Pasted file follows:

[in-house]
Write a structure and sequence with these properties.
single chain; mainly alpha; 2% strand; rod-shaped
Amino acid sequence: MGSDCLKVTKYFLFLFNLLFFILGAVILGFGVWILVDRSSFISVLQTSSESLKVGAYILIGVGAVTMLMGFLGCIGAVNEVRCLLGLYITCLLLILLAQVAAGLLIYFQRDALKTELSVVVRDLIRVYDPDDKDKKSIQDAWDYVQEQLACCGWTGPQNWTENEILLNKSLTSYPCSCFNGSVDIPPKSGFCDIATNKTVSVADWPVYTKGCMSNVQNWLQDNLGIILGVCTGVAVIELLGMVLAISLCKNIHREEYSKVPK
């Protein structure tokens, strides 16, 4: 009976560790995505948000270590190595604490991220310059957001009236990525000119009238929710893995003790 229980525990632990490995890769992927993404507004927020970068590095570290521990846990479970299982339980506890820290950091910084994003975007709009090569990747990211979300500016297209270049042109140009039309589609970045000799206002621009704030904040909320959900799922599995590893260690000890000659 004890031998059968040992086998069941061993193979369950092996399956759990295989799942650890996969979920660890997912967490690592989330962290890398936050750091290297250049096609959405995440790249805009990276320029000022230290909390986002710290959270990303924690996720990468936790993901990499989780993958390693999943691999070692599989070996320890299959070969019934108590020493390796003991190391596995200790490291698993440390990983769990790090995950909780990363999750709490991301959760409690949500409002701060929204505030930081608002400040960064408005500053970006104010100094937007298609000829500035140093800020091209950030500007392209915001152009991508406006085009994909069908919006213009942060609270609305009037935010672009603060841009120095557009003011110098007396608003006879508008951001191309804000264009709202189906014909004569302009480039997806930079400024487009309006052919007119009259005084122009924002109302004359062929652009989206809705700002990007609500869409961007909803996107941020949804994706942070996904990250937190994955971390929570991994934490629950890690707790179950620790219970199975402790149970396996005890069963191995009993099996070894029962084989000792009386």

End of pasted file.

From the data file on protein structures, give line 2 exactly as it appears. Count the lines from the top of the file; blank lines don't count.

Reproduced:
Write a structure and sequence with these properties.